Attempts have been made to predict the risk of developing concomitant infarcts in patients with SICH. Wang et al. observed that the presence of intraventricular hemorrhage (IVH), hydrocephalus, the volume of intracranial hematoma, and neurosurgical intervention were important predictors of infarction of which IVH had the most statistical significance.[1] Similarly, Prabhakaran et al. observed that the factors independently associated with DWI abnormality were a prior ischemic stroke, lowering of mean arterial pressure by over 40%, and craniotomy for ICH evacuation.[2] Our patient did have the evidence of fourth ventricular blood but did not satisfy most of the above criteria.

The rarity of such complications makes it less likely to appear in our clinical diagnosis and we feel one should consider this scenario as well. The remote site hemorrhages which are often encountered after tumor or hematoma decompressive surgery are shown in [Table 1].
Table 1: The varied cases of remote site bleed following tumor excision and decompression

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The exact etiopathogenesis of these large infarcts remains uncertain and the management of such large infarcts needs to be on similar lines as for any ischemic infarct. The outcome, however, is usually grave.


  Conclusion Top


Stroke physicians need to be aware that SICH patients have a potential threat of developing large vessel occlusion with malignant cerebral infarcts, especially after surgical decompression. Although the exact pathogenesis is unknown, size of the clot, IVH, hydrocephalus, and aggressive reduction of BP appear to be predictive factors.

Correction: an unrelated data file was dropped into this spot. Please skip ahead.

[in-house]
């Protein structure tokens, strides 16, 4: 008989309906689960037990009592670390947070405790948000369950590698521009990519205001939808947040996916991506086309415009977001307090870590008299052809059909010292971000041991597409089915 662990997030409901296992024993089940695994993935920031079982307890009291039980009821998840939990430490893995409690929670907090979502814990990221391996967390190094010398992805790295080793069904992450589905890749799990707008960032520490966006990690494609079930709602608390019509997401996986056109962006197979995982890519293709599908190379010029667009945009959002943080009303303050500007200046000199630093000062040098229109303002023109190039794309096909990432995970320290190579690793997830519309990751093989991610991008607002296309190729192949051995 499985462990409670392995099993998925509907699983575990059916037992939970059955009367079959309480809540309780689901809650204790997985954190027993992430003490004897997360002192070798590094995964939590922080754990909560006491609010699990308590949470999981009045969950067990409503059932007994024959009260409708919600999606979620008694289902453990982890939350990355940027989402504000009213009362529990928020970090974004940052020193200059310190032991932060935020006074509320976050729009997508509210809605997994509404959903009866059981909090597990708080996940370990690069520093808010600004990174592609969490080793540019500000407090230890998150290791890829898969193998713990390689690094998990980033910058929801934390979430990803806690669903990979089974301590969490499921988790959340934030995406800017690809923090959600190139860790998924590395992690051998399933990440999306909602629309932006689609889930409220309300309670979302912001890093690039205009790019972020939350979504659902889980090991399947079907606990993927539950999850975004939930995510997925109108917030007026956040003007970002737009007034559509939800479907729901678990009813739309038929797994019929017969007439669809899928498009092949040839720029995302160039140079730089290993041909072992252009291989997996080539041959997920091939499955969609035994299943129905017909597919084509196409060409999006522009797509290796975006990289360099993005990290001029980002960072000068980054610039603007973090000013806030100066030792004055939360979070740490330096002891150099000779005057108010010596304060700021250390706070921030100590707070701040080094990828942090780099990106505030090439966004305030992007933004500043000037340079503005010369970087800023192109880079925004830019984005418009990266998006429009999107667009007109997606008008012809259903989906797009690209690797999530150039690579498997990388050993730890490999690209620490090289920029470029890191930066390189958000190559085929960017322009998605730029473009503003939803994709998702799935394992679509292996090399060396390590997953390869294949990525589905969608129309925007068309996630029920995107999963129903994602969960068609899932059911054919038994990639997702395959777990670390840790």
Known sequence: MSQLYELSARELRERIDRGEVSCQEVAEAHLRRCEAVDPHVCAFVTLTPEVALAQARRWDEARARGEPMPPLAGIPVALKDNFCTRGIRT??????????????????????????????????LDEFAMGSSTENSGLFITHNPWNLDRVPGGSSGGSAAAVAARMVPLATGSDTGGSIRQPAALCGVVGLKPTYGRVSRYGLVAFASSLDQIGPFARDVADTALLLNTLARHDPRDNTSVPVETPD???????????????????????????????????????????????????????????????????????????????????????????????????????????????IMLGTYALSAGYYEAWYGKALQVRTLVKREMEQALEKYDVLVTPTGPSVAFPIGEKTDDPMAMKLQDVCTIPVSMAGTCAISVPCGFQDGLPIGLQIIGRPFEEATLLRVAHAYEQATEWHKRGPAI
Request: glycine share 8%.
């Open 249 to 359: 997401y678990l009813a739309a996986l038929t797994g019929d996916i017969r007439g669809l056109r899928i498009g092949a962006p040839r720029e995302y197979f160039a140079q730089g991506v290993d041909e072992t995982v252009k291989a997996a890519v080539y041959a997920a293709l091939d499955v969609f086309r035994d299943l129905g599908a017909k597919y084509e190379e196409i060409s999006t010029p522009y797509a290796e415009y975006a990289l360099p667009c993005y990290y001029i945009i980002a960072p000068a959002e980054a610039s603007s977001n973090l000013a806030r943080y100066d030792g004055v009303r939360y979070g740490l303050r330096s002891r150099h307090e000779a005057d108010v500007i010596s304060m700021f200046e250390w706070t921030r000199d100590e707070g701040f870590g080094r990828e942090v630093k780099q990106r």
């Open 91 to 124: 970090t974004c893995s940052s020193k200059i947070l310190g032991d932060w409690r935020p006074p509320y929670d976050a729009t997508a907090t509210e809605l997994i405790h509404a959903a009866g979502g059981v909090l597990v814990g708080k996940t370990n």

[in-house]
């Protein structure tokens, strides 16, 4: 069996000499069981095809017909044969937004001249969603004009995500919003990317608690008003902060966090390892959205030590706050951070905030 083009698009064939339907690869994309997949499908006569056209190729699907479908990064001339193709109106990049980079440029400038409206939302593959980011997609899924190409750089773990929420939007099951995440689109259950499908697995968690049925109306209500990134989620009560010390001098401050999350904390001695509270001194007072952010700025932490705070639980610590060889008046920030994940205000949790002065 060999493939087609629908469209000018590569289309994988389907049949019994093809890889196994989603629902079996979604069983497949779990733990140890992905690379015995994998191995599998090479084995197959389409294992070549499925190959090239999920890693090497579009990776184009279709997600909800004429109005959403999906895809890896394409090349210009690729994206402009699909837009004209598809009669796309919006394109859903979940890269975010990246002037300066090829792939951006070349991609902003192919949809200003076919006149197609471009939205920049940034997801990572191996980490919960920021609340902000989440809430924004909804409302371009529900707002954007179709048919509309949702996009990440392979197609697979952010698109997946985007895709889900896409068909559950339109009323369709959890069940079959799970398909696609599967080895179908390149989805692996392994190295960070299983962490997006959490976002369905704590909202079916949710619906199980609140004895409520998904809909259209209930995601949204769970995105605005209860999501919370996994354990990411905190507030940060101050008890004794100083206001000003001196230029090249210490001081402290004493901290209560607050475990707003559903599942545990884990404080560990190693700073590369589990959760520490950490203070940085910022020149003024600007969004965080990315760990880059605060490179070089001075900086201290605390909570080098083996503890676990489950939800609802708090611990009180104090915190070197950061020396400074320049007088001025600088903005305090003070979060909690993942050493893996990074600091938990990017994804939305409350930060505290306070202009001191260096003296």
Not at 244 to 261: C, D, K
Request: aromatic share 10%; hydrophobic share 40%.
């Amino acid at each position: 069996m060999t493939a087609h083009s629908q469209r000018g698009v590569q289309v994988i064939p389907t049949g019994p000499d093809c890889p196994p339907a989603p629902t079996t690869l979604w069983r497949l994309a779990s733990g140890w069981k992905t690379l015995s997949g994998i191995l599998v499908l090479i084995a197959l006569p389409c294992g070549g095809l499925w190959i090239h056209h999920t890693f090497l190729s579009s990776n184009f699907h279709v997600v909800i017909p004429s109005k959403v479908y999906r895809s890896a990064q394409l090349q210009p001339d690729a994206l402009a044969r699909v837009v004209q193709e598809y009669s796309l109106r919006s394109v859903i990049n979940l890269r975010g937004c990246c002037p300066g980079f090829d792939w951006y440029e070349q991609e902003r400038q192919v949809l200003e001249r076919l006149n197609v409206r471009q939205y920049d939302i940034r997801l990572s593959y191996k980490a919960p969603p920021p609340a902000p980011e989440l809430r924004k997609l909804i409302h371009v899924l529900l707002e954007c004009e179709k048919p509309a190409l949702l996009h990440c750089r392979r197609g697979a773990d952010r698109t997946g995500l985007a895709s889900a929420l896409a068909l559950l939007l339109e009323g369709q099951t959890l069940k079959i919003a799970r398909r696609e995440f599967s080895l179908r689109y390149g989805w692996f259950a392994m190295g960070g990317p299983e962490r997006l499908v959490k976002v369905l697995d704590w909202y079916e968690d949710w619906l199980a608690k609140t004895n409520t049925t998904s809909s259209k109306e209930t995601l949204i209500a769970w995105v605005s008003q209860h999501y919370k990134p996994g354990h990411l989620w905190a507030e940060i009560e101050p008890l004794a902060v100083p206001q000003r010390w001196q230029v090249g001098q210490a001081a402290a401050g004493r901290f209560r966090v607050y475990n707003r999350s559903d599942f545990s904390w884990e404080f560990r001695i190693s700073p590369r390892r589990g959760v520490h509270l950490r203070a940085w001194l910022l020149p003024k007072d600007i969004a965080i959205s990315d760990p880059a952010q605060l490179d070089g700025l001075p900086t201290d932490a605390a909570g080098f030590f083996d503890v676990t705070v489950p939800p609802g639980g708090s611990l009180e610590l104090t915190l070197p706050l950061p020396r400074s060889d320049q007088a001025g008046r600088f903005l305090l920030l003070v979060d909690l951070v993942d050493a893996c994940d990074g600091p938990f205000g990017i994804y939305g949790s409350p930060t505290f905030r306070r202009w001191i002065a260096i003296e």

Financial support and sponsorship

Nil.

Conflicts of interest

There are no conflicts of interest.



 
  References Top

1.
Wang HC, Lin WC, Yang TM, Lin YJ, Chen WF, Tsai NW, et al. Risk factors for acute symptomatic cerebral infarctions after spontaneous supratentorial intra-cerebral hemorrhage. J Neurol 2009;256:1281-7.  Back to cited text no. 1
[PUBMED]    
2.
Prabhakaran S, Gupta R, Ouyang B, John S, Temes RE, Mohammad Y, et al. Acute brain infarcts after spontaneous intracerebral hemorrhage: A diffusion-weighted imaging study. Stroke 2010;41:89-94.  Back to cited text no. 2
[PUBMED]    
3.
Agarwal A, Satish Kumar S, Umamaheshwara RV. Massive cerebral infarction following evacuation of intracerebral hematoma. Rom J Neurol 2014;13:141-3.  Back to cited text no. 3
    
4.
Kim CH, Kim JS. Development of cerebral infarction shortly after intracerebral hemorrhage. Eur Neurol 2007;57:145-9.  Back to cited text no. 4
[PUBMED]    


    Figures

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    Tables

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  Introduction